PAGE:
Indiana Begins Journey Toward JDAI Statewide Expansion

Posted December 6, 2012, By the Annie E. Casey Foundation

Justice Steven DavidIndiana launched its statewide expansion during a  “kickoff meeting” on August 12, 2011, attended by representatives from five counties, the state’s JDAI steering committee, the Annie E. Casey Foundation, and the W. Haywood Burns Institute. 

About 65 attendees heard opening remarks from Indiana Supreme Court Justice Steven David; Judge Mary Harper, a member of the board of trustees of the Indiana Criminal Justice Institute; and Michael Dempsey, director of the Division of Youth Services from the Indiana Department of Correction. 

David, Harper, and Dempsey – each representing one of the three agencies leading the expansion – welcomed key stakeholders from state agencies. They also welcomed officials from Johnson, Lake, Porter, and Tippecanoe counties, the first four counties to join their sister site, Marion County (Indianapolis), as JDAI expansion communities.

“The Juvenile Detention Alternatives Initiative is a collaboration of stakeholders who care about improving the lives of our children,” said David. “JDAI is changing the landscape of how we have traditionally approached detention and replacing the old with what are the best practices for the decision-makers, the child, and the community.”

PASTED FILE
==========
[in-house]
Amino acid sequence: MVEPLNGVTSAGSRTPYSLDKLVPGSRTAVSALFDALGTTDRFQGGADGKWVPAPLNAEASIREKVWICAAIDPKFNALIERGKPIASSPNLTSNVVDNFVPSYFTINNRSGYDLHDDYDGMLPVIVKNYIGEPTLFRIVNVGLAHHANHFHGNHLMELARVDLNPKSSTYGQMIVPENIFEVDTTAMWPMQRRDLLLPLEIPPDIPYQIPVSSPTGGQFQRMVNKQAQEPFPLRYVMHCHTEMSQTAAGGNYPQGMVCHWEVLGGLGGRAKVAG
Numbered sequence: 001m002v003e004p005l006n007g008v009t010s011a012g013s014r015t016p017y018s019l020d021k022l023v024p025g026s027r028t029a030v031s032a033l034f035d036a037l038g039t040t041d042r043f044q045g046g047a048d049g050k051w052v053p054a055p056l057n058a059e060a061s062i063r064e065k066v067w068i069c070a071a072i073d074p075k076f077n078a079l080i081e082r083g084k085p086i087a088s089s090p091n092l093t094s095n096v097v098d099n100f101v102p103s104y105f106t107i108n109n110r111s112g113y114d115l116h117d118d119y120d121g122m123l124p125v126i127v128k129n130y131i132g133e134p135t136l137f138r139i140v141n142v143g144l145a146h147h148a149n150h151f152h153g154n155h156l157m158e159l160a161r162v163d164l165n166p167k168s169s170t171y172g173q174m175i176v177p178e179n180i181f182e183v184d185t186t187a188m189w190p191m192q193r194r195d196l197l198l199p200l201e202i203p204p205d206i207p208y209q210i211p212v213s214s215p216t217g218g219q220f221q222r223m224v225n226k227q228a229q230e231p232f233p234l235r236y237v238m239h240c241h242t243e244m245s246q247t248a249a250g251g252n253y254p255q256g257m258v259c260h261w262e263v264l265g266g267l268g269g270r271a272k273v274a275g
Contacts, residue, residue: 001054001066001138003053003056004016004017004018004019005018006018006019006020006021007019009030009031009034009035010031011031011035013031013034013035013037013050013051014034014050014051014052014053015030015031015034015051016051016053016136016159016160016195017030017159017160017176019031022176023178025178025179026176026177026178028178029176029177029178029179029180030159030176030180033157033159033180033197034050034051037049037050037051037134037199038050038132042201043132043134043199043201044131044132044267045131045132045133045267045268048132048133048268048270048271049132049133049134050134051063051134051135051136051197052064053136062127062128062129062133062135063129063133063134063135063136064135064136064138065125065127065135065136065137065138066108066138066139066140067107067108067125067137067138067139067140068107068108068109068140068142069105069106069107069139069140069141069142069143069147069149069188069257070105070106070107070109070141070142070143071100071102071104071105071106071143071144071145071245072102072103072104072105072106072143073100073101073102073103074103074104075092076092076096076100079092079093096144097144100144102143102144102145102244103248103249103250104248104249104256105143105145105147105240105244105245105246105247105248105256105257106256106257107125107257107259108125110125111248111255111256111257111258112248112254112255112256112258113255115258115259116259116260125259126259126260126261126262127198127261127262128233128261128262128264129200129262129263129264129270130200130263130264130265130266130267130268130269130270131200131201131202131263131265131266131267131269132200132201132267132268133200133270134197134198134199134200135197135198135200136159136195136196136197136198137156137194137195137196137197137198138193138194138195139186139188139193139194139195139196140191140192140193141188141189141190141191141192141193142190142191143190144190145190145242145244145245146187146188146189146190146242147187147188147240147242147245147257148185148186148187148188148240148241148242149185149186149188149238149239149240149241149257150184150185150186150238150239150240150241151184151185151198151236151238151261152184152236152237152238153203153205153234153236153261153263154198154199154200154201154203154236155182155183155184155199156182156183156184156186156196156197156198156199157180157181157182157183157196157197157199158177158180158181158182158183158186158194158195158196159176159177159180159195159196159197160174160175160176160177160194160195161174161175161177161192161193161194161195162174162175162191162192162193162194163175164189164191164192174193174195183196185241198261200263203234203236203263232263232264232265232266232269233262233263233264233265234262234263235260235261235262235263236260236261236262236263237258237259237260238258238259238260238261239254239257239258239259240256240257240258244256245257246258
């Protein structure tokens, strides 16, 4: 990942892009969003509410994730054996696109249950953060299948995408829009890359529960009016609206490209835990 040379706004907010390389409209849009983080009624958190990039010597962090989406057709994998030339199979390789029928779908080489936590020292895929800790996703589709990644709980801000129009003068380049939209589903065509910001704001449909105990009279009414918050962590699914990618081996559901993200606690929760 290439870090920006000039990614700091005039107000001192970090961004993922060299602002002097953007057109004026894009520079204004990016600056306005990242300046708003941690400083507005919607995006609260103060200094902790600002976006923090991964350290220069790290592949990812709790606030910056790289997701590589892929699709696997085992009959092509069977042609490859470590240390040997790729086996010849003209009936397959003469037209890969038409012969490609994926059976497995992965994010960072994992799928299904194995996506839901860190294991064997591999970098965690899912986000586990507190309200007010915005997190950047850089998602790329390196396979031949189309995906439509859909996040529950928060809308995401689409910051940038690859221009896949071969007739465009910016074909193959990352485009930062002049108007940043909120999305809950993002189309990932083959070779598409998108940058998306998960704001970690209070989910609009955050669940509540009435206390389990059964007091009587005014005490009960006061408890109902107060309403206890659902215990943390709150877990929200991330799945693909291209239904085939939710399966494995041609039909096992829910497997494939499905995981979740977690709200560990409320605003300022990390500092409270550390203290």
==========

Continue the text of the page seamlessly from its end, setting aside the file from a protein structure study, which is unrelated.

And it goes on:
Marion County's success set an example that stimulated this statewide expansion. The county has reduced its detention population by nearly 50 percent, without sacrificing public safety, since it became a local JDAI site in 2006. 

The kickoff meeting capped a process that began in 2009 when Indiana began to explore statewide expansion. Soon afterward, Johnson, Lake, Porter, and Tippecanoe counties were identified as initial expansion sites.

Following the opening remarks, stakeholders from those counties attended a series of workshops. The topics included: integrating scale work with local work; defining the roles of state and local coordinators; and developing a risk-assessment instrument. 

Johnson, Lake, Porter, and Tippecanoe will finish additional required trainings – risk-assessment instrument design and data utilization – in 2012. Model-site visits are also planned. A second cohort of counties – Clark, Elkhart, and Howard – continues to build their local collaboratives.  Each visited Marion

County in May and June 2011 to learn about that county’s experience and will continue the organization, education, and immersion process during the rest of the year. 

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